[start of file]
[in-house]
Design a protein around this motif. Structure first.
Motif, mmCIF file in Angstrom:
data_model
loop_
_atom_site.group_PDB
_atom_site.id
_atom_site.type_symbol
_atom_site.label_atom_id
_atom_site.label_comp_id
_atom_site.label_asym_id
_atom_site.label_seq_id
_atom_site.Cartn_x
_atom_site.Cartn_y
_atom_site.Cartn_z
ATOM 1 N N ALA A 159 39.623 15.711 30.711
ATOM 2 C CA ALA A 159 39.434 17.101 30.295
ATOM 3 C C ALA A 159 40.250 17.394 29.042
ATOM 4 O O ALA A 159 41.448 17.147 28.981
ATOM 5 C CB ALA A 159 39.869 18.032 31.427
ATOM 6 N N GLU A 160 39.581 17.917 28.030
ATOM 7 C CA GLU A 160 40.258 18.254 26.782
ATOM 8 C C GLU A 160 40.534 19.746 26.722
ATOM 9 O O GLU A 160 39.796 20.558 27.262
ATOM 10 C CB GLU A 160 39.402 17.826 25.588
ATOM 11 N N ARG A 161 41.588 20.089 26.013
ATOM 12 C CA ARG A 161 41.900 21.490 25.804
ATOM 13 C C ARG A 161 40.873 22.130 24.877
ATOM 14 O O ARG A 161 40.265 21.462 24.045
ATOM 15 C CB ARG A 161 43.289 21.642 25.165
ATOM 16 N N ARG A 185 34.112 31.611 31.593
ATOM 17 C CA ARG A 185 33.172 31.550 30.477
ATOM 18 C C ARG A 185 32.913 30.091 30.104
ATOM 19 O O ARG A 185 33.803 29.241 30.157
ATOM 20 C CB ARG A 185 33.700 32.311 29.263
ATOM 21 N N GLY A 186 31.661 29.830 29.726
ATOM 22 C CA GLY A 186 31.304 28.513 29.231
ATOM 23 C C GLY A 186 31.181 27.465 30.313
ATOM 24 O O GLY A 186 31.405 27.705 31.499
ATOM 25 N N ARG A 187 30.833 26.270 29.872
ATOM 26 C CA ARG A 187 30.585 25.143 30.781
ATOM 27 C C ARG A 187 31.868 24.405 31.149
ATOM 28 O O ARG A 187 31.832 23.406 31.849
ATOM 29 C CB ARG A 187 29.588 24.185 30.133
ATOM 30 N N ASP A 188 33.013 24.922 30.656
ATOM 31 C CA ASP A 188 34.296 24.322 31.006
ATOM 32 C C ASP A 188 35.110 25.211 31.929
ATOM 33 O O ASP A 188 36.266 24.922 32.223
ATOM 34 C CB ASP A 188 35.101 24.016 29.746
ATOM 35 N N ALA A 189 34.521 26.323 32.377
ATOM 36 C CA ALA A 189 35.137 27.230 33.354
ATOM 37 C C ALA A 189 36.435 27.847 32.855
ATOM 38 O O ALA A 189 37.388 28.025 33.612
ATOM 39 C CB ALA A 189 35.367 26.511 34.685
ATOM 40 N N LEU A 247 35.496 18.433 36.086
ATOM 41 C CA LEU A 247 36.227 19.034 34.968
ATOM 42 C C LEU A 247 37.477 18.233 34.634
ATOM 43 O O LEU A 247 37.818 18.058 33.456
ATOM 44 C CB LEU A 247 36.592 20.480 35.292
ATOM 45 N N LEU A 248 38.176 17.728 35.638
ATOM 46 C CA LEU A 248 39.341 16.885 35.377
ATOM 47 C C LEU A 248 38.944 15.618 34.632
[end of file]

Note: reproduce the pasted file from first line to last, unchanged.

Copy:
[in-house]
Design a protein around this motif. Structure first.
Motif, mmCIF file in Angstrom:
data_model
loop_
_atom_site.group_PDB
_atom_site.id
_atom_site.type_symbol
_atom_site.label_atom_id
_atom_site.label_comp_id
_atom_site.label_asym_id
_atom_site.label_seq_id
_atom_site.Cartn_x
_atom_site.Cartn_y
_atom_site.Cartn_z
ATOM 1 N N ALA A 159 39.623 15.711 30.711
ATOM 2 C CA ALA A 159 39.434 17.101 30.295
ATOM 3 C C ALA A 159 40.250 17.394 29.042
ATOM 4 O O ALA A 159 41.448 17.147 28.981
ATOM 5 C CB ALA A 159 39.869 18.032 31.427
ATOM 6 N N GLU A 160 39.581 17.917 28.030
ATOM 7 C CA GLU A 160 40.258 18.254 26.782
ATOM 8 C C GLU A 160 40.534 19.746 26.722
ATOM 9 O O GLU A 160 39.796 20.558 27.262
ATOM 10 C CB GLU A 160 39.402 17.826 25.588
ATOM 11 N N ARG A 161 41.588 20.089 26.013
ATOM 12 C CA ARG A 161 41.900 21.490 25.804
ATOM 13 C C ARG A 161 40.873 22.130 24.877
ATOM 14 O O ARG A 161 40.265 21.462 24.045
ATOM 15 C CB ARG A 161 43.289 21.642 25.165
ATOM 16 N N ARG A 185 34.112 31.611 31.593
ATOM 17 C CA ARG A 185 33.172 31.550 30.477
ATOM 18 C C ARG A 185 32.913 30.091 30.104
ATOM 19 O O ARG A 185 33.803 29.241 30.157
ATOM 20 C CB ARG A 185 33.700 32.311 29.263
ATOM 21 N N GLY A 186 31.661 29.830 29.726
ATOM 22 C CA GLY A 186 31.304 28.513 29.231
ATOM 23 C C GLY A 186 31.181 27.465 30.313
ATOM 24 O O GLY A 186 31.405 27.705 31.499
ATOM 25 N N ARG A 187 30.833 26.270 29.872
ATOM 26 C CA ARG A 187 30.585 25.143 30.781
ATOM 27 C C ARG A 187 31.868 24.405 31.149
ATOM 28 O O ARG A 187 31.832 23.406 31.849
ATOM 29 C CB ARG A 187 29.588 24.185 30.133
ATOM 30 N N ASP A 188 33.013 24.922 30.656
ATOM 31 C CA ASP A 188 34.296 24.322 31.006
ATOM 32 C C ASP A 188 35.110 25.211 31.929
ATOM 33 O O ASP A 188 36.266 24.922 32.223
ATOM 34 C CB ASP A 188 35.101 24.016 29.746
ATOM 35 N N ALA A 189 34.521 26.323 32.377
ATOM 36 C CA ALA A 189 35.137 27.230 33.354
ATOM 37 C C ALA A 189 36.435 27.847 32.855
ATOM 38 O O ALA A 189 37.388 28.025 33.612
ATOM 39 C CB ALA A 189 35.367 26.511 34.685
ATOM 40 N N LEU A 247 35.496 18.433 36.086
ATOM 41 C CA LEU A 247 36.227 19.034 34.968
ATOM 42 C C LEU A 247 37.477 18.233 34.634
ATOM 43 O O LEU A 247 37.818 18.058 33.456
ATOM 44 C CB LEU A 247 36.592 20.480 35.292
ATOM 45 N N LEU A 248 38.176 17.728 35.638
ATOM 46 C CA LEU A 248 39.341 16.885 35.377
ATOM 47 C C LEU A 248 38.944 15.618 34.632